What is the charge for leaving the scene of an accident with injuries? 27 Answers as of July 02, 2013

What is the charge for leaving the scene of an accident with injuries? Is it a felony?

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Law Office of Melvin Franke | Melvin Franke
Yes.
Answer Applies to: Missouri
Replied: 5/30/2013
Law Offices of Kenneth Wincorn P.C.
Law Offices of Kenneth Wincorn P.C. | Kenneth Wincorn
Failure to stop and render aid is one charge that may be filed. If you were at fault there are other serious charges that could be filed. See an attorney quickly if possible.
Answer Applies to: Texas
Replied: 3/26/2012
Paul Whitfield and Associates P.A.
Paul Whitfield and Associates P.A. | Paul L. Whitfield
If personal injury is involved it is a felony.
Answer Applies to: North Carolina
Replied: 3/26/2012
Andrew T. Velonis, P.C.
Andrew T. Velonis, P.C. | Andrew Velonis
In New York, it depends on how serious the injuries are. An injury that poses a significant risk of death, long-term disability or disfiguration can give rise to a felony charge. Otherwise, it's a misdemeanor.
Answer Applies to: New York
Replied: 3/26/2012
Bernard Huff, Attorney/Mediator
Bernard Huff, Attorney/Mediator | Bernard Huff
You should inquire with your local bar association or consult with a criminal defense lawyer for specific legal advice and assistance.
Answer Applies to: Indiana
Replied: 3/26/2012
    Law Office of Patrick E. Donovan, PLLC
    Law Office of Patrick E. Donovan, PLLC | Patrick E. Donovan
    Yes. It is a class B felony.
    Answer Applies to: New Hampshire
    Replied: 3/26/2012
    Law Office of Ronald Arthur Lowry
    Law Office of Ronald Arthur Lowry | Ronald Arthur Lowry
    The charge is exactly what you called it: "Leaving the Scene of an Accident-With Injuries." It is a felony. It is commonly referred to as "Felony Hit and Run."
    Answer Applies to: Georgia
    Replied: 3/26/2012
    Vasilkovs Law Office | Donna Vasilkovs
    Hit and Run of an Attended Vehicle (Failure to Remain at the Scene of an Accident with an Attended Vehicle) if no injuries or VERY, VERY minor injuries, if you are lucky and have a clean record. Most likely, the charges will be the former plus the felony of Vehicular Assault.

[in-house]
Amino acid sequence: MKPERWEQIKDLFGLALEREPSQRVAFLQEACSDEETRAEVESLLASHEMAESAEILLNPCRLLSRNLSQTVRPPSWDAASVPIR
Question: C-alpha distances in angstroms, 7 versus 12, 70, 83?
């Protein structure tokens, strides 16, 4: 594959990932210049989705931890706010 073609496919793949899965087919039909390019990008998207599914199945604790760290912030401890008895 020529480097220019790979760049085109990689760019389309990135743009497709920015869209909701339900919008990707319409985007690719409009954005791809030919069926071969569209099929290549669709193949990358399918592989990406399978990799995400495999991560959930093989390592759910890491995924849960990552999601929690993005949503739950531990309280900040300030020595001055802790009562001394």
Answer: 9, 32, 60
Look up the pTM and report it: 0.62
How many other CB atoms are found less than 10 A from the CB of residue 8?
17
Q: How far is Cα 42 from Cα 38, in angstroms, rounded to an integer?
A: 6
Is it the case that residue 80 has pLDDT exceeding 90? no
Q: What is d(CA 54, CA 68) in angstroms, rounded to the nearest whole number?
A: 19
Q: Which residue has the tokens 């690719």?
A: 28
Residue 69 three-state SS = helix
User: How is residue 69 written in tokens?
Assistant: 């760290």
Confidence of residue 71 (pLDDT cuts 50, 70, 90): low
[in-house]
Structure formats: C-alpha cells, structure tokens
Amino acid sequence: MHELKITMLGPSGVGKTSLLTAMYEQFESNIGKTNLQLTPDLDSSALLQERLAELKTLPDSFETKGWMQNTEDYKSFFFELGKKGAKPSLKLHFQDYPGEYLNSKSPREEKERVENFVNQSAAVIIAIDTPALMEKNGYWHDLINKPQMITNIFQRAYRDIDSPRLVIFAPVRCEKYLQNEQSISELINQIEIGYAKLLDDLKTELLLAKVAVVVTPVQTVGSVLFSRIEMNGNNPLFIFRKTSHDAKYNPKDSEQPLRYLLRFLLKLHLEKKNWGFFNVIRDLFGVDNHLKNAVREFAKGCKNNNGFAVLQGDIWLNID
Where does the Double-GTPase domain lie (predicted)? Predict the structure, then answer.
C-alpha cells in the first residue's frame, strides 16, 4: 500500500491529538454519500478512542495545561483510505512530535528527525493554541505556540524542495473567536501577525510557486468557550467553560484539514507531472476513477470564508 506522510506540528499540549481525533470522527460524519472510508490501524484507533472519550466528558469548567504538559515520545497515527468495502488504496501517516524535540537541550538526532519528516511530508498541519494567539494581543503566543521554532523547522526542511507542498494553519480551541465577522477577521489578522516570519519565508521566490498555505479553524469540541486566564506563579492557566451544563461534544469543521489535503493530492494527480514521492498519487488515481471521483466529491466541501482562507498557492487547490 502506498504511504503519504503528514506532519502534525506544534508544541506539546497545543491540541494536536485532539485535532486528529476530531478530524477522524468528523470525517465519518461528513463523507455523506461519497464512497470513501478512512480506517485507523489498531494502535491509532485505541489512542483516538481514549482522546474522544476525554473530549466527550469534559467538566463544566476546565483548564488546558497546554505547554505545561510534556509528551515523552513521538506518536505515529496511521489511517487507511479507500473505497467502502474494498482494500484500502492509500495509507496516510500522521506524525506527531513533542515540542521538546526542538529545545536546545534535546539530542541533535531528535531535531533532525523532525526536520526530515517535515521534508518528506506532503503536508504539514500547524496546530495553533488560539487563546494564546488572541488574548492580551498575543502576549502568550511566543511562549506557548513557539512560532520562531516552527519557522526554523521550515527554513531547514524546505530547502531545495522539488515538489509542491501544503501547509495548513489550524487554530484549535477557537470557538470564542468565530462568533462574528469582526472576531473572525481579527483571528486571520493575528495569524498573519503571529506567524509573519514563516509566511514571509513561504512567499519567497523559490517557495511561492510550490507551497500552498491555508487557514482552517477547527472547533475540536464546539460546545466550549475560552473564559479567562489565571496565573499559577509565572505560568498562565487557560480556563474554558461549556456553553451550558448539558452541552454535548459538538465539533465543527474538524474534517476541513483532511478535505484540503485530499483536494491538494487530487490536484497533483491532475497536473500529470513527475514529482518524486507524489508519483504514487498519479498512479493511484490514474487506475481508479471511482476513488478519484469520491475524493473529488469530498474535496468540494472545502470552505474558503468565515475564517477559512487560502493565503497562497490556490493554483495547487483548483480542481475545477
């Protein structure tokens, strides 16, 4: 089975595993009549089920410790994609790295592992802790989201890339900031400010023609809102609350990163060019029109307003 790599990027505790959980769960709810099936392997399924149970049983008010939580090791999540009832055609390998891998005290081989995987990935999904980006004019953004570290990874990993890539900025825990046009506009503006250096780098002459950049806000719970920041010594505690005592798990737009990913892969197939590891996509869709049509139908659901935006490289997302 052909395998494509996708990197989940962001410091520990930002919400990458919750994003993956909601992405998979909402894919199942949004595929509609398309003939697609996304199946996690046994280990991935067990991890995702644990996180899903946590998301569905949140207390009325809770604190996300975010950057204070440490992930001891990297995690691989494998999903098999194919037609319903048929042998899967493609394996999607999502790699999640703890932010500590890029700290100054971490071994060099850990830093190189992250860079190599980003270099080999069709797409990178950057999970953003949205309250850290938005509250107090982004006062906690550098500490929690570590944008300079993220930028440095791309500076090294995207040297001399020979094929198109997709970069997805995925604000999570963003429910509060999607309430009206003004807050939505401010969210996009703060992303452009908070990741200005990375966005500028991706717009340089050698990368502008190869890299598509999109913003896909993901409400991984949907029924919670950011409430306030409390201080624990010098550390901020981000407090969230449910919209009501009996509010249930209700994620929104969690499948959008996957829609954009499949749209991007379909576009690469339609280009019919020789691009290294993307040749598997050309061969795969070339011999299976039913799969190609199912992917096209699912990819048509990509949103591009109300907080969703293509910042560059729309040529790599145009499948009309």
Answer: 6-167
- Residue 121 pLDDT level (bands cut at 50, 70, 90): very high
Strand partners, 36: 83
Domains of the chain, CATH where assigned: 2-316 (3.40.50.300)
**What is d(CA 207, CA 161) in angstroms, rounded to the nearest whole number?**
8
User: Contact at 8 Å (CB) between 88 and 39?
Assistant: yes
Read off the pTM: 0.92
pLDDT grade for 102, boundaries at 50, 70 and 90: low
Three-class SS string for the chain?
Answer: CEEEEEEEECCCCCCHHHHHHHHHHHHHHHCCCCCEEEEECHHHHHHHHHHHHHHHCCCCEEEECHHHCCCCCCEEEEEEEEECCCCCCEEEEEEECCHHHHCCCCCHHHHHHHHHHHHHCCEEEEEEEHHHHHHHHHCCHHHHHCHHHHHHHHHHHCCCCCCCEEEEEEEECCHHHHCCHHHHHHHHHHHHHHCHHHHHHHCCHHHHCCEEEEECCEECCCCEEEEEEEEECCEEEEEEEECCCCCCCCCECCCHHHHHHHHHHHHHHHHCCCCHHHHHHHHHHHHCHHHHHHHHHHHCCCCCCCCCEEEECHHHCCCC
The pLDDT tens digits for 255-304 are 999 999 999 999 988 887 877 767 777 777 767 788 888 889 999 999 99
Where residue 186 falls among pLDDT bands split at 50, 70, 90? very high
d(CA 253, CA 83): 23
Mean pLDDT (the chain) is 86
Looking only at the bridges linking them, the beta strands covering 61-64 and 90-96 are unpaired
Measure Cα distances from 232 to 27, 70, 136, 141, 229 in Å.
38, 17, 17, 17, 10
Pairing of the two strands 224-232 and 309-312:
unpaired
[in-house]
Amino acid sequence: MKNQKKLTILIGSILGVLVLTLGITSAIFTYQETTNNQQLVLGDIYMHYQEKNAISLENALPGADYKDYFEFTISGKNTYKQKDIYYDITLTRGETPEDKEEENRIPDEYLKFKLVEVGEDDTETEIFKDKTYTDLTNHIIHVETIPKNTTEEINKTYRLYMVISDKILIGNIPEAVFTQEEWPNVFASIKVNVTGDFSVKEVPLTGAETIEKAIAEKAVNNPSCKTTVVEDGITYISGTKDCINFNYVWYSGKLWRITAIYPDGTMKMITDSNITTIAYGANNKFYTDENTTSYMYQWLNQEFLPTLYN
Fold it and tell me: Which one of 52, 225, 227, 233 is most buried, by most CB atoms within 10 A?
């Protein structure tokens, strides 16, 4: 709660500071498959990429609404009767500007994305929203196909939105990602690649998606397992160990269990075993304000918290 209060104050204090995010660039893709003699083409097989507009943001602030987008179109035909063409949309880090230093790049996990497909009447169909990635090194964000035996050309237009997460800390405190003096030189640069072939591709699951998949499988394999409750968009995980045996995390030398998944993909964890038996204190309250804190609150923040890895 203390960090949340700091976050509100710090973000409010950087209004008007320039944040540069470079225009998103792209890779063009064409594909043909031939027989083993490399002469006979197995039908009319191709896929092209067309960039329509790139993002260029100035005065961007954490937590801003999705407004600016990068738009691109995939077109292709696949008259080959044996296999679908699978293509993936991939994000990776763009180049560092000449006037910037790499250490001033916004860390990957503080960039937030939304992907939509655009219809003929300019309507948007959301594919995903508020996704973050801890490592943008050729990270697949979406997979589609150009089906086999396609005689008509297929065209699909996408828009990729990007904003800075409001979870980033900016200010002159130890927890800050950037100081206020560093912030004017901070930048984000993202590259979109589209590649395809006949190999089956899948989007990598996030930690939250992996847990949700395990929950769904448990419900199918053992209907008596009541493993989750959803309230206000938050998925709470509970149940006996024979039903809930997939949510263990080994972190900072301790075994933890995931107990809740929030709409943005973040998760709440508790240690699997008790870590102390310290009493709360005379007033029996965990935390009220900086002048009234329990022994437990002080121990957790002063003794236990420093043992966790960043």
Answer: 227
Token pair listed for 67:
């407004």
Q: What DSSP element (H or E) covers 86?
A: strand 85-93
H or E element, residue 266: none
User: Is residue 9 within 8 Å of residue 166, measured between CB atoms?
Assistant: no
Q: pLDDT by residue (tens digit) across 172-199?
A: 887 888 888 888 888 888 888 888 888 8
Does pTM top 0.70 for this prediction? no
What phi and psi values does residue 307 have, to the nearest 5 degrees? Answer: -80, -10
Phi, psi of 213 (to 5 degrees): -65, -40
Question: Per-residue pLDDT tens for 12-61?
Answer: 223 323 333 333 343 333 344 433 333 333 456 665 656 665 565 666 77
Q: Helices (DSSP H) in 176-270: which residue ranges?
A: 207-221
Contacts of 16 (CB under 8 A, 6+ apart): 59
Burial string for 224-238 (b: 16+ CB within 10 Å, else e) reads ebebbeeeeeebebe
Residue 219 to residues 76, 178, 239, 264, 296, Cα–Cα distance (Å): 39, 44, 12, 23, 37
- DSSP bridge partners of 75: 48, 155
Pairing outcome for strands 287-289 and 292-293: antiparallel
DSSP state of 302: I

Answer Applies to: Washington
    Replied: 3/26/2012
    Speaker Law Firm
    Speaker Law Firm | Theodore Speaker
    Leaving the scene of an accident .
    Answer Applies to: Georgia
    Replied: 7/2/2013
    Gary Moore, Attorney at Law
    Gary Moore, Attorney at Law | Gary Moore
    There is a six month extension and a mandatory jail sentence, which must be served.
    Answer Applies to: New Jersey
    Replied: 3/26/2012
    David Francis Law
    David Francis Law | David Francis
    Based on your question, I'd say that's a category B felony in the state of Nevada. That means a fine and possible prison time. You'll want to consult a good defense lawyer, though.
    Answer Applies to: Nevada
    Replied: 3/26/2012
    Law Offices of David W. Hibbert
    Law Offices of David W. Hibbert | David W. Hibbert
    In Georgia there are distinctions : leaving the scene of an accident which results in serious injury is a felony under OCGA 40 6 70(b) and leaving the scene of an accident resulting in damage to a vehicle is a misdemeanor under OCGA 40 6 70(c)(1).
    Answer Applies to: Georgia
    Replied: 3/26/2012
    Ferguson & Ferguson
    Ferguson & Ferguson | Randy W. Ferguson
    Yes. Class C felony.
    Answer Applies to: Alabama
    Replied: 3/26/2012
    Andersen Staab PLLC
    Andersen Staab PLLC | F. Dayle Andersen
    It is a misdemeanor hit and run attended. Punishable by up to 364 days in jail and a $5000 fine.
    Answer Applies to: Washington
    Replied: 3/26/2012
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